On Thursday, the campus of Garissa University, a college in northeast Kenya, was stormed by a group of Al-Shabab militants. Kenya’s Interior Minister, Joseph Nkaissery, told reporters that 147 people were killed along with four gunmen, and 79 people were wounded.
Nkaissery ordered a “dusk to dawn curfew” in Garissa, along with the neighboring counties of Mandera, Tana River and Wajir.
The Associated Press reported that Kenyan security officials on the scene said the gunfire has ended, dozens who were being held hostage by the militants have been freed, four suspected gunmen have been killed, and the death toll may be as high as 150.
According to the New York Times, Kenyan security forces surrounded the university’s campus, and spent the day clashing with the gunmen, who officials said were wearing “combat gear,” and “either bulletproof vests or suicide bomb vests,” before cornering them in a dormitory.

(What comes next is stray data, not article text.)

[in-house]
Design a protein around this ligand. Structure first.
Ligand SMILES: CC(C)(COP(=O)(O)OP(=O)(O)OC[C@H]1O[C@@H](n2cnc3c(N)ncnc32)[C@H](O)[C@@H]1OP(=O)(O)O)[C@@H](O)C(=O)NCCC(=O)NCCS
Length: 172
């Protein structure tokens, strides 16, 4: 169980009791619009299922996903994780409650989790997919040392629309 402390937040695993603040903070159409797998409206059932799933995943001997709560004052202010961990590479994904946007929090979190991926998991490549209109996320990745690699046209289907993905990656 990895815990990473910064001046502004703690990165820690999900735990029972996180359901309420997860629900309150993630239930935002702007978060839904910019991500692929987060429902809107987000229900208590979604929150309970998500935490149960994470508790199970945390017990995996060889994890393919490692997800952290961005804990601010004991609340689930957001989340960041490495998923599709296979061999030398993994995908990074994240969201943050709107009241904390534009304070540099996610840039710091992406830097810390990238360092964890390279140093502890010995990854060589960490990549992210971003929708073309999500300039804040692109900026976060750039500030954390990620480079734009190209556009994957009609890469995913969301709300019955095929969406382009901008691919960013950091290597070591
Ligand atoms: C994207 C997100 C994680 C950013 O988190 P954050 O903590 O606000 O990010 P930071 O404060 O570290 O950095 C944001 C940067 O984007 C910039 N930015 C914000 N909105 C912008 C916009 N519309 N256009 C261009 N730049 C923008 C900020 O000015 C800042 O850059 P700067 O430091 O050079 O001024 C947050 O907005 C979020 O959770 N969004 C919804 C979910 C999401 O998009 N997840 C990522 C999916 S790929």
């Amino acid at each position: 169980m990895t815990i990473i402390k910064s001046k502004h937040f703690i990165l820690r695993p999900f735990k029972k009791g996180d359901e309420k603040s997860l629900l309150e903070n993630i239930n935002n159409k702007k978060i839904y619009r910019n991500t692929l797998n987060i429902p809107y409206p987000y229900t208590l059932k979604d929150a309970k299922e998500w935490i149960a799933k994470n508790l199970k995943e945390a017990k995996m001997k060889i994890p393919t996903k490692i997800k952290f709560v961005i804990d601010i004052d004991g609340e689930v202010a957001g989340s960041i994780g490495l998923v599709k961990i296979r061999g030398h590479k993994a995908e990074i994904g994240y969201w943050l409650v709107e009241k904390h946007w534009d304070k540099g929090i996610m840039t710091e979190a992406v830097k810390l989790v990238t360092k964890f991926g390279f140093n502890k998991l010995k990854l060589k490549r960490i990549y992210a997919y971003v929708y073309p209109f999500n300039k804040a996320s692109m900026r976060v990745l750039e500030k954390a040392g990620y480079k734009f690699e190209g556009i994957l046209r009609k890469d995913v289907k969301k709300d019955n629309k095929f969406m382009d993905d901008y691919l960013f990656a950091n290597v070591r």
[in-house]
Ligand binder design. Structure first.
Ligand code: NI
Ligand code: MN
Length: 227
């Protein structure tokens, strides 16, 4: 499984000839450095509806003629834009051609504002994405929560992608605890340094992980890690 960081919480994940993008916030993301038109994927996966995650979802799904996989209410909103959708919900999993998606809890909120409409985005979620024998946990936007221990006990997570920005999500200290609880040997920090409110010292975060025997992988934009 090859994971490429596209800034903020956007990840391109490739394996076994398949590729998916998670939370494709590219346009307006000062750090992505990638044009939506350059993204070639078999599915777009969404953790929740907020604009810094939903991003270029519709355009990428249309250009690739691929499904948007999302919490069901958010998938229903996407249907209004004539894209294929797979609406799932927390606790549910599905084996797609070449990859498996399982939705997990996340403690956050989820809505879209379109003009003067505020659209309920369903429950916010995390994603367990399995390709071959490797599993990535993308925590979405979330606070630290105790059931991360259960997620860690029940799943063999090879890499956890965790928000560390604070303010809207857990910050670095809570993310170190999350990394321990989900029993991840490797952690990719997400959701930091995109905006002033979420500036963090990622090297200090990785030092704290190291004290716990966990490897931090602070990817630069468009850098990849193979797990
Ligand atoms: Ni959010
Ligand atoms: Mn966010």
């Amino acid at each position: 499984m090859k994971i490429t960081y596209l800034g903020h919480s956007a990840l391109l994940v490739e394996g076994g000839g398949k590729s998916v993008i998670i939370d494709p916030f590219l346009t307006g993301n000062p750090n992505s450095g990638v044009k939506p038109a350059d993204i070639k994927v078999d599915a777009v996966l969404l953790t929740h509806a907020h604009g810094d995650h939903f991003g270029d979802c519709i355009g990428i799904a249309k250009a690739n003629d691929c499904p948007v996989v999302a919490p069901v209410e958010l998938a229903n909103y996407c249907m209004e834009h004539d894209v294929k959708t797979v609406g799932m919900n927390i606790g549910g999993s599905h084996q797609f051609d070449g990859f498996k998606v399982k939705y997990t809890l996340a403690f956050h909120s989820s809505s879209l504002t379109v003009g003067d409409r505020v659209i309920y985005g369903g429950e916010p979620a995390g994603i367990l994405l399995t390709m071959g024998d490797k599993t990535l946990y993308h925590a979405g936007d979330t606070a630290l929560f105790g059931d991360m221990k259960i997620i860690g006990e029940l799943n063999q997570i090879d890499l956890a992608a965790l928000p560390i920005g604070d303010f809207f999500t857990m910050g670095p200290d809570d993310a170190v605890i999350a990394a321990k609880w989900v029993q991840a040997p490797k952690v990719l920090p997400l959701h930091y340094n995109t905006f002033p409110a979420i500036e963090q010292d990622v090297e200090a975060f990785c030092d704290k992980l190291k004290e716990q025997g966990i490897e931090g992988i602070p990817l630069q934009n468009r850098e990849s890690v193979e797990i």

Mwenda Njoka, a spokesman for Kenya’s interior ministry posted a statement on Twitter warning that if anyone were to publish gory pictures from the attack, legal action would be taken against them:
— Ministry of Interior (@InteriorKE) April 2, 2015
The New York Times reported that the Somalia-based extremist group Al Shabab, “issued a statement through a radio station it controls claiming responsibility for the attack,” and said that when its fighters attacked the university early Thursday morning, they “began separating Muslims from non-Muslims” and started an “operation against the infidels.”
The Associated Press reported that while most of the 147 victims were students, two police officers, one soldier and two watchmen were also killed, making this the highest death toll in an attack by members of Al Shabab.